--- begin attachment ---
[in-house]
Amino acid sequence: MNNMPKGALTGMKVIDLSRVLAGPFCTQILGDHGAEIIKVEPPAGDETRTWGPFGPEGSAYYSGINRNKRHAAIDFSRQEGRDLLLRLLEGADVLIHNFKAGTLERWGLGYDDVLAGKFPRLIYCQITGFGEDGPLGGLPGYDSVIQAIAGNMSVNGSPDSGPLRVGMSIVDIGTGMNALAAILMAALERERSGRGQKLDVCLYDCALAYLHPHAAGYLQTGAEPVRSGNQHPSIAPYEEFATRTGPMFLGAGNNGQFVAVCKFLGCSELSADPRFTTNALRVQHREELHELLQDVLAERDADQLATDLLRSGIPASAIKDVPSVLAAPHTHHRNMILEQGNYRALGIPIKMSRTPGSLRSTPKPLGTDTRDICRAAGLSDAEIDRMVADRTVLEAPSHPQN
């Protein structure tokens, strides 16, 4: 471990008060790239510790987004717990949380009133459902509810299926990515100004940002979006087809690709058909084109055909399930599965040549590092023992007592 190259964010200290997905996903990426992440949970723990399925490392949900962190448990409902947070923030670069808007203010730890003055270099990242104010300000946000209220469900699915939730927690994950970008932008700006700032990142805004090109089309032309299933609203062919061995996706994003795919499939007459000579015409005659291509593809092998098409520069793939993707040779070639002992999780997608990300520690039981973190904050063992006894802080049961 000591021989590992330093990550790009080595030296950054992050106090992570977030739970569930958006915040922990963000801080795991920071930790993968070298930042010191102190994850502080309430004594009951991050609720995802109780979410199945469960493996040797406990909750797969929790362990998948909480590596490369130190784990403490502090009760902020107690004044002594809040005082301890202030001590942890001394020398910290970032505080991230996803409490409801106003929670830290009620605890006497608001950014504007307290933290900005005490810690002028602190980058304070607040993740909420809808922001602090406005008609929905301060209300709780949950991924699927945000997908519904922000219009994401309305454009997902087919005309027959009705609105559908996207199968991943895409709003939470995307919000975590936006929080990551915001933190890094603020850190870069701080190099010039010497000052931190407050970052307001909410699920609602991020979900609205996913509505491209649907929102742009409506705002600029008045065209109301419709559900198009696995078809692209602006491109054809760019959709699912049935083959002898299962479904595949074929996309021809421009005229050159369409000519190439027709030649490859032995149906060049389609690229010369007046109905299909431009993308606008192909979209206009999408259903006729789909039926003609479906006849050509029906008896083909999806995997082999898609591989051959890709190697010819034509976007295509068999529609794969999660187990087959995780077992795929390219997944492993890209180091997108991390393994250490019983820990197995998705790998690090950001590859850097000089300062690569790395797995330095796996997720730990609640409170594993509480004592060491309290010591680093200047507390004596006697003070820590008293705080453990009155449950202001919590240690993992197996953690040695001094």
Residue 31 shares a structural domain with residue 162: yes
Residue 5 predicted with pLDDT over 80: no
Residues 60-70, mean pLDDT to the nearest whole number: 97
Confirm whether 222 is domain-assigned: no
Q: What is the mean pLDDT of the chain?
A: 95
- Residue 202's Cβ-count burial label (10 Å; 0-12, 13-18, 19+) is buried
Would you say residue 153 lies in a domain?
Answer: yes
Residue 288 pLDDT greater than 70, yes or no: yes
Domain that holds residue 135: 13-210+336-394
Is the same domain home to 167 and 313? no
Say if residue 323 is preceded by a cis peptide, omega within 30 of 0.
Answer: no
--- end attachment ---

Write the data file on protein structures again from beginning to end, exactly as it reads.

[in-house]
Amino acid sequence: MNNMPKGALTGMKVIDLSRVLAGPFCTQILGDHGAEIIKVEPPAGDETRTWGPFGPEGSAYYSGINRNKRHAAIDFSRQEGRDLLLRLLEGADVLIHNFKAGTLERWGLGYDDVLAGKFPRLIYCQITGFGEDGPLGGLPGYDSVIQAIAGNMSVNGSPDSGPLRVGMSIVDIGTGMNALAAILMAALERERSGRGQKLDVCLYDCALAYLHPHAAGYLQTGAEPVRSGNQHPSIAPYEEFATRTGPMFLGAGNNGQFVAVCKFLGCSELSADPRFTTNALRVQHREELHELLQDVLAERDADQLATDLLRSGIPASAIKDVPSVLAAPHTHHRNMILEQGNYRALGIPIKMSRTPGSLRSTPKPLGTDTRDICRAAGLSDAEIDRMVADRTVLEAPSHPQN
């Protein structure tokens, strides 16, 4: 471990008060790239510790987004717990949380009133459902509810299926990515100004940002979006087809690709058909084109055909399930599965040549590092023992007592 190259964010200290997905996903990426992440949970723990399925490392949900962190448990409902947070923030670069808007203010730890003055270099990242104010300000946000209220469900699915939730927690994950970008932008700006700032990142805004090109089309032309299933609203062919061995996706994003795919499939007459000579015409005659291509593809092998098409520069793939993707040779070639002992999780997608990300520690039981973190904050063992006894802080049961 000591021989590992330093990550790009080595030296950054992050106090992570977030739970569930958006915040922990963000801080795991920071930790993968070298930042010191102190994850502080309430004594009951991050609720995802109780979410199945469960493996040797406990909750797969929790362990998948909480590596490369130190784990403490502090009760902020107690004044002594809040005082301890202030001590942890001394020398910290970032505080991230996803409490409801106003929670830290009620605890006497608001950014504007307290933290900005005490810690002028602190980058304070607040993740909420809808922001602090406005008609929905301060209300709780949950991924699927945000997908519904922000219009994401309305454009997902087919005309027959009705609105559908996207199968991943895409709003939470995307919000975590936006929080990551915001933190890094603020850190870069701080190099010039010497000052931190407050970052307001909410699920609602991020979900609205996913509505491209649907929102742009409506705002600029008045065209109301419709559900198009696995078809692209602006491109054809760019959709699912049935083959002898299962479904595949074929996309021809421009005229050159369409000519190439027709030649490859032995149906060049389609690229010369007046109905299909431009993308606008192909979209206009999408259903006729789909039926003609479906006849050509029906008896083909999806995997082999898609591989051959890709190697010819034509976007295509068999529609794969999660187990087959995780077992795929390219997944492993890209180091997108991390393994250490019983820990197995998705790998690090950001590859850097000089300062690569790395797995330095796996997720730990609640409170594993509480004592060491309290010591680093200047507390004596006697003070820590008293705080453990009155449950202001919590240690993992197996953690040695001094």
Residue 31 shares a structural domain with residue 162: yes
Residue 5 predicted with pLDDT over 80: no
Residues 60-70, mean pLDDT to the nearest whole number: 97
Confirm whether 222 is domain-assigned: no
Q: What is the mean pLDDT of the chain?
A: 95
- Residue 202's Cβ-count burial label (10 Å; 0-12, 13-18, 19+) is buried
Would you say residue 153 lies in a domain?
Answer: yes
Residue 288 pLDDT greater than 70, yes or no: yes
Domain that holds residue 135: 13-210+336-394
Is the same domain home to 167 and 313? no
Say if residue 323 is preceded by a cis peptide, omega within 30 of 0.
Answer: no